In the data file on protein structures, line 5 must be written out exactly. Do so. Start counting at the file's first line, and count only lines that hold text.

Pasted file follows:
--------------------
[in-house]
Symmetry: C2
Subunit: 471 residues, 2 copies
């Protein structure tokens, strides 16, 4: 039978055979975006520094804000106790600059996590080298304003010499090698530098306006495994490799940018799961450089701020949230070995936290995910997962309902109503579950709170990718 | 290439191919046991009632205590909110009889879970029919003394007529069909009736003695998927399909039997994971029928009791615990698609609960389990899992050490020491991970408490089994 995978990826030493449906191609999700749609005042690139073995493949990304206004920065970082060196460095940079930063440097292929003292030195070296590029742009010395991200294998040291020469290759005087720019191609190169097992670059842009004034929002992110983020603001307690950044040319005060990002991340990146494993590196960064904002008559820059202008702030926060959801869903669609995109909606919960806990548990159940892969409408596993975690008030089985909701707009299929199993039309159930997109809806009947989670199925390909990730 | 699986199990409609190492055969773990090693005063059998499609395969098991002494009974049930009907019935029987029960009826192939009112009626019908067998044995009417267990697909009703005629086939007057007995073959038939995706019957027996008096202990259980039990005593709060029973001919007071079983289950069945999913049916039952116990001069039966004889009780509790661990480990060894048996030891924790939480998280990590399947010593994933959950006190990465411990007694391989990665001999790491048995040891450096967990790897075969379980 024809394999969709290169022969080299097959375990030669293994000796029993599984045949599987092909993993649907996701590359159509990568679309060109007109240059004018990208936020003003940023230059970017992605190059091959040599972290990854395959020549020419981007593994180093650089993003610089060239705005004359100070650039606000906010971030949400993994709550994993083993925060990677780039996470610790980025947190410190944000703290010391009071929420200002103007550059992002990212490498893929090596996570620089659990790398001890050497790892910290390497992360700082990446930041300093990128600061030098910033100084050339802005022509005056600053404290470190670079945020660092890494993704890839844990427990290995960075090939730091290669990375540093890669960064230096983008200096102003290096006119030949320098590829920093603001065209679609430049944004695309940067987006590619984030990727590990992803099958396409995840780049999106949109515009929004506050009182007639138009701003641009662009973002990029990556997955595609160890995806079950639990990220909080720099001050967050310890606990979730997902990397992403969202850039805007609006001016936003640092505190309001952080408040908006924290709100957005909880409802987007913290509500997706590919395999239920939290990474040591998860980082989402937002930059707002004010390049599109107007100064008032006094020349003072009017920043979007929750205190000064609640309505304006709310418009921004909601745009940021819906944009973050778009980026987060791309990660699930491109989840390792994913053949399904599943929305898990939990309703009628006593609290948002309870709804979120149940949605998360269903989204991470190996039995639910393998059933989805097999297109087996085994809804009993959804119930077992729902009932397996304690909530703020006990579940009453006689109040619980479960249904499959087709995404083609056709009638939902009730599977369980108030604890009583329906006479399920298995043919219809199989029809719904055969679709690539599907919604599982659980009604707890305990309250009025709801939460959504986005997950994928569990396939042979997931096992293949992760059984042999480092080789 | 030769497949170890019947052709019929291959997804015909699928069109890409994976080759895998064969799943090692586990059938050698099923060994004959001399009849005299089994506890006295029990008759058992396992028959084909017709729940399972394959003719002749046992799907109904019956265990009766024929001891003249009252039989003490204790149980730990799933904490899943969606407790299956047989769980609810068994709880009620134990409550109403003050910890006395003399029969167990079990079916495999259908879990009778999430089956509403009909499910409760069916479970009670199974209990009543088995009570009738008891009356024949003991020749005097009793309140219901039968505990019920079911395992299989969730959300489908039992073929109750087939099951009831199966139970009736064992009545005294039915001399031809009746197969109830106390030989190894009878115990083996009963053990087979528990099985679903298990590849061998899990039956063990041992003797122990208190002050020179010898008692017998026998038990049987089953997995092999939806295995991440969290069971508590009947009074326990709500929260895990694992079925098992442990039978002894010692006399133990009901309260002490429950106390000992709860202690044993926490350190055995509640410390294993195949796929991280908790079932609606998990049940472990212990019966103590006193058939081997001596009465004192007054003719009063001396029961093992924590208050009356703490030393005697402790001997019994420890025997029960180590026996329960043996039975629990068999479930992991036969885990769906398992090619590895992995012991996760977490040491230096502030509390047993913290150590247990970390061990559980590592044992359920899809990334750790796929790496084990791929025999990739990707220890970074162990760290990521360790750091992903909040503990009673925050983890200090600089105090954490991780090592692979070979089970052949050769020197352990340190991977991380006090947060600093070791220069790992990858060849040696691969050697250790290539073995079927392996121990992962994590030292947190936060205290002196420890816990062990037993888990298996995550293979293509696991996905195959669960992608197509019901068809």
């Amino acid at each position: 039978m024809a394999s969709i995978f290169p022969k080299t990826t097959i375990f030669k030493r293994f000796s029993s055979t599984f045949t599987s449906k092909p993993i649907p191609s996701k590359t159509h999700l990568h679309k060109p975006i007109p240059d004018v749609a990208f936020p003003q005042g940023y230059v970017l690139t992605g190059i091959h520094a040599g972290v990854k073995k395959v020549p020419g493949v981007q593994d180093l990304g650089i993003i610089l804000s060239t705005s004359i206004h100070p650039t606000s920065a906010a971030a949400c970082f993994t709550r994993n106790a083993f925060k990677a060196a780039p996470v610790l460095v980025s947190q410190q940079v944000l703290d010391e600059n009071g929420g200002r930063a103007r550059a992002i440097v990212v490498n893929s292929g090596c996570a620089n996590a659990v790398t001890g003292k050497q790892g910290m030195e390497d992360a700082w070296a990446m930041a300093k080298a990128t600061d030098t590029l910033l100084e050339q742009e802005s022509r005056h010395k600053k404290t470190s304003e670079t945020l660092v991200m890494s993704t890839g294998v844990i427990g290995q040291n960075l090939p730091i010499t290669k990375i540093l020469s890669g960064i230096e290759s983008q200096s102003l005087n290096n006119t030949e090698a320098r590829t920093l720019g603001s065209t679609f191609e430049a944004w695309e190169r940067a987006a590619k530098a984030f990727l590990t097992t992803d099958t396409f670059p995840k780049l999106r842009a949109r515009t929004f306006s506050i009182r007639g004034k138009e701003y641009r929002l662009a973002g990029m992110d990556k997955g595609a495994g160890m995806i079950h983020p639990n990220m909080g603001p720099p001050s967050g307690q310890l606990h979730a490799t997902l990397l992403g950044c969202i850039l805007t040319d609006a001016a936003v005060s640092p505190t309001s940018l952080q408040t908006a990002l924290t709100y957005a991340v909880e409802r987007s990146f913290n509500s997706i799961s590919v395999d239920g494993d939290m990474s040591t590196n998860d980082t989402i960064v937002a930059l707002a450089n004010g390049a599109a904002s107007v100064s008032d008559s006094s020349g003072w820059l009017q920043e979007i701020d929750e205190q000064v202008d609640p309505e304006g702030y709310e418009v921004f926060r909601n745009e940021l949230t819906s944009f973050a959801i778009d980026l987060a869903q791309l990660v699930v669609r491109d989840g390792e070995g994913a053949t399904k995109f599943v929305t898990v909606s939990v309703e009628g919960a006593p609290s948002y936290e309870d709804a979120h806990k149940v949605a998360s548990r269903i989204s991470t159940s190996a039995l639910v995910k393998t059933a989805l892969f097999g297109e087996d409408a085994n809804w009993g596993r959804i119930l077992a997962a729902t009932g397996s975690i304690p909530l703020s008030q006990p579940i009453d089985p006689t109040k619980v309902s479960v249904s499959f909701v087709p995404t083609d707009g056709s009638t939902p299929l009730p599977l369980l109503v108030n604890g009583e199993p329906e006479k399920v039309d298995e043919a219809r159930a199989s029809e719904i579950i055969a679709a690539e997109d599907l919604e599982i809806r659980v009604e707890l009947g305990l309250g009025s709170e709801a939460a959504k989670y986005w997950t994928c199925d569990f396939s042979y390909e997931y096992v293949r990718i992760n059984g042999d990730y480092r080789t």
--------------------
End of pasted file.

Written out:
């Amino acid at each position: 039978m024809a394999s969709i995978f290169p022969k080299t990826t097959i375990f030669k030493r293994f000796s029993s055979t599984f045949t599987s449906k092909p993993i649907p191609s996701k590359t159509h999700l990568h679309k060109p975006i007109p240059d004018v749609a990208f936020p003003q005042g940023y230059v970017l690139t992605g190059i091959h520094a040599g972290v990854k073995k395959v020549p020419g493949v981007q593994d180093l990304g650089i993003i610089l804000s060239t705005s004359i206004h100070p650039t606000s920065a906010a971030a949400c970082f993994t709550r994993n106790a083993f925060k990677a060196a780039p996470v610790l460095v980025s947190q410190q940079v944000l703290d010391e600059n009071g929420g200002r930063a103007r550059a992002i440097v990212v490498n893929s292929g090596c996570a620089n996590a659990v790398t001890g003292k050497q790892g910290m030195e390497d992360a700082w070296a990446m930041a300093k080298a990128t600061d030098t590029l910033l100084e050339q742009e802005s022509r005056h010395k600053k404290t470190s304003e670079t945020l660092v991200m890494s993704t890839g294998v844990i427990g290995q040291n960075l090939p730091i010499t290669k990375i540093l020469s890669g960064i230096e290759s983008q200096s102003l005087n290096n006119t030949e090698a320098r590829t920093l720019g603001s065209t679609f191609e430049a944004w695309e190169r940067a987006a590619k530098a984030f990727l590990t097992t992803d099958t396409f670059p995840k780049l999106r842009a949109r515009t929004f306006s506050i009182r007639g004034k138009e701003y641009r929002l662009a973002g990029m992110d990556k997955g595609a495994g160890m995806i079950h983020p639990n990220m909080g603001p720099p001050s967050g307690q310890l606990h979730a490799t997902l990397l992403g950044c969202i850039l805007t040319d609006a001016a936003v005060s640092p505190t309001s940018l952080q408040t908006a990002l924290t709100y957005a991340v909880e409802r987007s990146f913290n509500s997706i799961s590919v395999d239920g494993d939290m990474s040591t590196n998860d980082t989402i960064v937002a930059l707002a450089n004010g390049a599109a904002s107007v100064s008032d008559s006094s020349g003072w820059l009017q920043e979007i701020d929750e205190q000064v202008d609640p309505e304006g702030y709310e418009v921004f926060r909601n745009e940021l949230t819906s944009f973050a959801i778009d980026l987060a869903q791309l990660v699930v669609r491109d989840g390792e070995g994913a053949t399904k995109f599943v929305t898990v909606s939990v309703e009628g919960a006593p609290s948002y936290e309870d709804a979120h806990k149940v949605a998360s548990r269903i989204s991470t159940s190996a039995l639910v995910k393998t059933a989805l892969f097999g297109e087996d409408a085994n809804w009993g596993r959804i119930l077992a997962a729902t009932g397996s975690i304690p909530l703020s008030q006990p579940i009453d089985p006689t109040k619980v309902s479960v249904s499959f909701v087709p995404t083609d707009g056709s009638t939902p299929l009730p599977l369980l109503v108030n604890g009583e199993p329906e006479k399920v039309d298995e043919a219809r159930a199989s029809e719904i579950i055969a679709a690539e997109d599907l919604e599982i809806r659980v009604e707890l009947g305990l309250g009025s709170e709801a939460a959504k989670y986005w997950t994928c199925d569990f396939s042979y390909e997931y096992v293949r990718i992760n059984g042999d990730y480092r080789t």